WASHINGTON — The U.S. wants to send Treasury Department employees to observe board meetings at banks that have consistently missed dividend or interest payments related to the government's financial-sector bailout.

The Treasury plans to seek permission to send observers to board meetings of banks that miss five payments, one short of the number of missed payments that triggers Treasury's right to appoint board members.

"Placing board observers allows Treasury to gather additional information and perspective on the issues facing the institution, which will help us determine whether to nominate directors," said Tim Massad, chief counsel for the Treasury's Office of Financial Stability. The office manages assets the government acquired through its recent financial sector rescue effort, dubbed the Troubled Asset Relief Program.

Massad said the Treasury will only appoint directors in situations in which it believes "additional independent, qualified persons can contribute to improving the health of the institution."

Observers, who would be drawn from the financial stability office, would not be charged with expressing opinions or otherwise participating in the decision-making process.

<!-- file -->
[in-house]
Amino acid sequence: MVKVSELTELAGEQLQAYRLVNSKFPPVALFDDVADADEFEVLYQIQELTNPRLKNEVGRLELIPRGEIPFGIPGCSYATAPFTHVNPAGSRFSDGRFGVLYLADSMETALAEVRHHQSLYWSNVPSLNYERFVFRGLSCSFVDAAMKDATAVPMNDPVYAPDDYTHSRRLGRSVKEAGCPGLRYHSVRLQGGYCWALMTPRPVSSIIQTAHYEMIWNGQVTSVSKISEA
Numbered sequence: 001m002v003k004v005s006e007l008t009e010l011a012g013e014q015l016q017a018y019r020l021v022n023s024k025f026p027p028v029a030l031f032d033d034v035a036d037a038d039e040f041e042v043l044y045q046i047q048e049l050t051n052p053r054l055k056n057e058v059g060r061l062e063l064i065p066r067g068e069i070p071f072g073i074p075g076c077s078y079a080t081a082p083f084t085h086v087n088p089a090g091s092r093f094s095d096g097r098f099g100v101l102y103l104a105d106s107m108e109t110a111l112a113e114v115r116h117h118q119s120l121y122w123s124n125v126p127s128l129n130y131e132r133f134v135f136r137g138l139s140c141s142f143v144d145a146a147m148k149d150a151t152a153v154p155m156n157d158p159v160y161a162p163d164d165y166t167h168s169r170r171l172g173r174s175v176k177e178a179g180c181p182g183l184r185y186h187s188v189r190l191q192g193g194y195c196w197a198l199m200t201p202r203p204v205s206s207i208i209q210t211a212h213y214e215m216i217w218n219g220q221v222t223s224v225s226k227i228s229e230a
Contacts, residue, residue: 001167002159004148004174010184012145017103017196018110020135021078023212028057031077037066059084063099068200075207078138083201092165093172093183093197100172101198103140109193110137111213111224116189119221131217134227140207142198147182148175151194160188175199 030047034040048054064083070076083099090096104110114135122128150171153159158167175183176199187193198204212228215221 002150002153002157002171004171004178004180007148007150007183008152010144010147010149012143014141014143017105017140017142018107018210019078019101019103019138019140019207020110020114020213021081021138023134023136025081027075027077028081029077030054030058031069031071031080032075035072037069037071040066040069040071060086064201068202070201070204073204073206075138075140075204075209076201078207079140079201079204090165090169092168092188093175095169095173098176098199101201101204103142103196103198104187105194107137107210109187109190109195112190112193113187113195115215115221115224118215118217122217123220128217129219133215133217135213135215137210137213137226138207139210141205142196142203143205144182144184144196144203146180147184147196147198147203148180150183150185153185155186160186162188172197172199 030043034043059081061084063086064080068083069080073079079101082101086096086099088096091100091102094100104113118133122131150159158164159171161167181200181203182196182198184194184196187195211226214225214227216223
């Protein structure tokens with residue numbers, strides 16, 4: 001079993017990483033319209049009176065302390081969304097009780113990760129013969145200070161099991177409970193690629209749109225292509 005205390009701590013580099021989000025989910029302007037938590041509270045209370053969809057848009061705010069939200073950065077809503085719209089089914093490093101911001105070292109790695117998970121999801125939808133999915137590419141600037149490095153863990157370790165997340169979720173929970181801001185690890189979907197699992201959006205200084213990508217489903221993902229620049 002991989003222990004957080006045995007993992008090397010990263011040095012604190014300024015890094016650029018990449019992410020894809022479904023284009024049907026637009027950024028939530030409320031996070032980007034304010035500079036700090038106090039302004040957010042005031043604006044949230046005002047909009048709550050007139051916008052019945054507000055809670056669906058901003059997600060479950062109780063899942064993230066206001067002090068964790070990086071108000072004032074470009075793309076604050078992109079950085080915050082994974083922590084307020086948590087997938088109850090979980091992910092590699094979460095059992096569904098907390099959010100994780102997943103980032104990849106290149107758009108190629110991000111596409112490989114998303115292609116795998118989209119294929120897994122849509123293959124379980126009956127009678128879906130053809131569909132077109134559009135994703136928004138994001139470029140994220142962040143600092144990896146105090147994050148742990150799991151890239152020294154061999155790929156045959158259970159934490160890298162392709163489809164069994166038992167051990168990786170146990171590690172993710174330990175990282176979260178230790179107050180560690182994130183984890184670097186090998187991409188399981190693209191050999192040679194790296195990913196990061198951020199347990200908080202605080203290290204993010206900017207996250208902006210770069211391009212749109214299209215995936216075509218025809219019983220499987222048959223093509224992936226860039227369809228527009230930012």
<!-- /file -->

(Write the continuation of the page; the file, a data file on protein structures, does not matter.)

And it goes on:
Fewer than a dozen banks have missed five payments so far, but that could change come Aug. 17 — the next due date for Treasury dividends. As of the Treasury's May dividend payment due date, one bank had missed six payments, eight had missed five and 19 had missed from.

Despite the missed payments, the Treasury has so far collected more than $15 billion in dividend and interest payments from the hundreds of American banks in which it has become a shareholder.

Treasury plans to make institutions that have received more than $25 million in taxpayer aid its priority, a move that could lessen the pressure on small community banks like Saigon National Bank — the only bank to have missed six dividends so far. The approach also could help Treasury hold down the costs that would be related to its appointing directors to banks' boards.

"We believe this is a prudent and balanced approach to protecting the taxpayer's resources and investments in some of the most challenged banks," Massad said.

Saigon National received $1.5 million in taxpayer aid.

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